Moab’s Peaks and Plateaus Part II
The next day we hiked the Gooseberry Trail, the most strenuous trail in Canyonlands National Park’s Island in the Sky District. It dives 1400 feet from the top of Island in the Sky to the rim of Gooseberry Canyon, 1200 of those come in its first 0.7 miles. While this path is only 5.4 miles out-in-back, its enormous elevation change makes it relatively untraveled so we were eager to assess its rise and solitude extremes for ourselves.
It took us 4 hours and 40 minutes to complete the trek to Gooseberry Canyon and back; the average is 4 to 6 hours. Frankly, it was much easier than I expected. Based on website comments and Canyonlands’ pamphlets, I anticipated having to take numerous breaks just to keep my heart from going all Tommy Lee in my chest but my beater did just fine and didn’t need many pauses. However, this trail was not easier than Jason expected. Yes, my expectations are tougher than his.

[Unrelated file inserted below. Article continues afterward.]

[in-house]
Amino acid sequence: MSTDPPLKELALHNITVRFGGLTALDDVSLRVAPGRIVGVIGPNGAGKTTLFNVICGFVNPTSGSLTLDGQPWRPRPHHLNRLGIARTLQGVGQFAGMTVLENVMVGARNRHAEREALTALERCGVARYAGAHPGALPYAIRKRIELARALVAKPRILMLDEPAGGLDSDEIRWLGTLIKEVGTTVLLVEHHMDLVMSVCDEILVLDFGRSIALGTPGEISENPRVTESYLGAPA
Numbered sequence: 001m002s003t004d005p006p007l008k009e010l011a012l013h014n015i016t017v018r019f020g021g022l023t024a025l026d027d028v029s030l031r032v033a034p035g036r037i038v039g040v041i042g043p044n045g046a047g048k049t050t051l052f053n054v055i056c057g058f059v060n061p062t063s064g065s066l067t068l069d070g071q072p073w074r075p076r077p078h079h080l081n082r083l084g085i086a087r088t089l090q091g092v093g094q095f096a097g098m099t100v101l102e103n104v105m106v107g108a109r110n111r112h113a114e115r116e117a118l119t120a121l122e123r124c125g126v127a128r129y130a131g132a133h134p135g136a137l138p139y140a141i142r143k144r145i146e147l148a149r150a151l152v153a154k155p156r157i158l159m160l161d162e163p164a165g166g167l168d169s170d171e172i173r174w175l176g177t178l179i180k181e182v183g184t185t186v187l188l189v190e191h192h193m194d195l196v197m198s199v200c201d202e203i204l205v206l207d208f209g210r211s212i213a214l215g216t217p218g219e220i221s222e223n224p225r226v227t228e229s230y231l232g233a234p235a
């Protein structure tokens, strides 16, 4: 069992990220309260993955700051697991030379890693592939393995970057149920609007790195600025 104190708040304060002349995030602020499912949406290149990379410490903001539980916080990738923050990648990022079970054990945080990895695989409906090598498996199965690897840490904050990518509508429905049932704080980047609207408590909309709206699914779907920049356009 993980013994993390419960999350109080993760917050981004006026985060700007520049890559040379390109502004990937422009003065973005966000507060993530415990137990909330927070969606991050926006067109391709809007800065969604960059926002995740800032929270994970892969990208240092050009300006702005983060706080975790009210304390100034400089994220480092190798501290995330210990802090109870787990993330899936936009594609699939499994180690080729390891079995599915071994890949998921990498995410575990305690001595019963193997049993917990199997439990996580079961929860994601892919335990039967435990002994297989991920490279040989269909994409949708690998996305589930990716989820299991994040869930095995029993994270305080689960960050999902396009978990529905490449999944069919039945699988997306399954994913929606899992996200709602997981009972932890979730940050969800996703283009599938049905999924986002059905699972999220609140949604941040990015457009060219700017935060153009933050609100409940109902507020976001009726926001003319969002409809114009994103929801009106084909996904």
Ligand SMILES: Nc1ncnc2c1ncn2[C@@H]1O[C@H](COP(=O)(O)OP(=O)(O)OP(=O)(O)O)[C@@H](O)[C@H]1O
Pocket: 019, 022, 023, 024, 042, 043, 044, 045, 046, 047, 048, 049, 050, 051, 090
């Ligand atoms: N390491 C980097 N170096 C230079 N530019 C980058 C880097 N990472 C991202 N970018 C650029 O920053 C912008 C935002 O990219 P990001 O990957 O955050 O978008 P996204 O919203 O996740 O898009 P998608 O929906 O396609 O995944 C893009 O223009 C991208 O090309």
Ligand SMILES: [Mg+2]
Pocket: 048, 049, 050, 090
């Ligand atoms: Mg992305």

The hardest thing about this path, in my opinion, was its fearsome heights. Gazing down from the top of the mesa, the trail looked like a skinny snake slithering on the edge of oblivion. It took some guts to tell that rising “no” inside me “no” but I shut it down slowly with one foot in front of the other.
After our initial height-shock faded, the trail really wasn’t terribly terrifying but our awe remained. Mighty views kept hitting us until Gooseberry Canyon brought a new wave of wonderment and alarm. With its 200-foot plummets, it was an intimidating and spectacular spot to eat a victory sandwich. What an amazing hike with all the heart-pounding exertion and panic one could want in a day!
Moab was superb once again. You aren’t particularly bright if you thought I would say otherwise. Where else can you freeze your caboose in an alpine meadow and the next day, just minutes away, sport a tank top in desert rapture. It was a little sad not to have our bikes with us but we managed pretty well on two feet.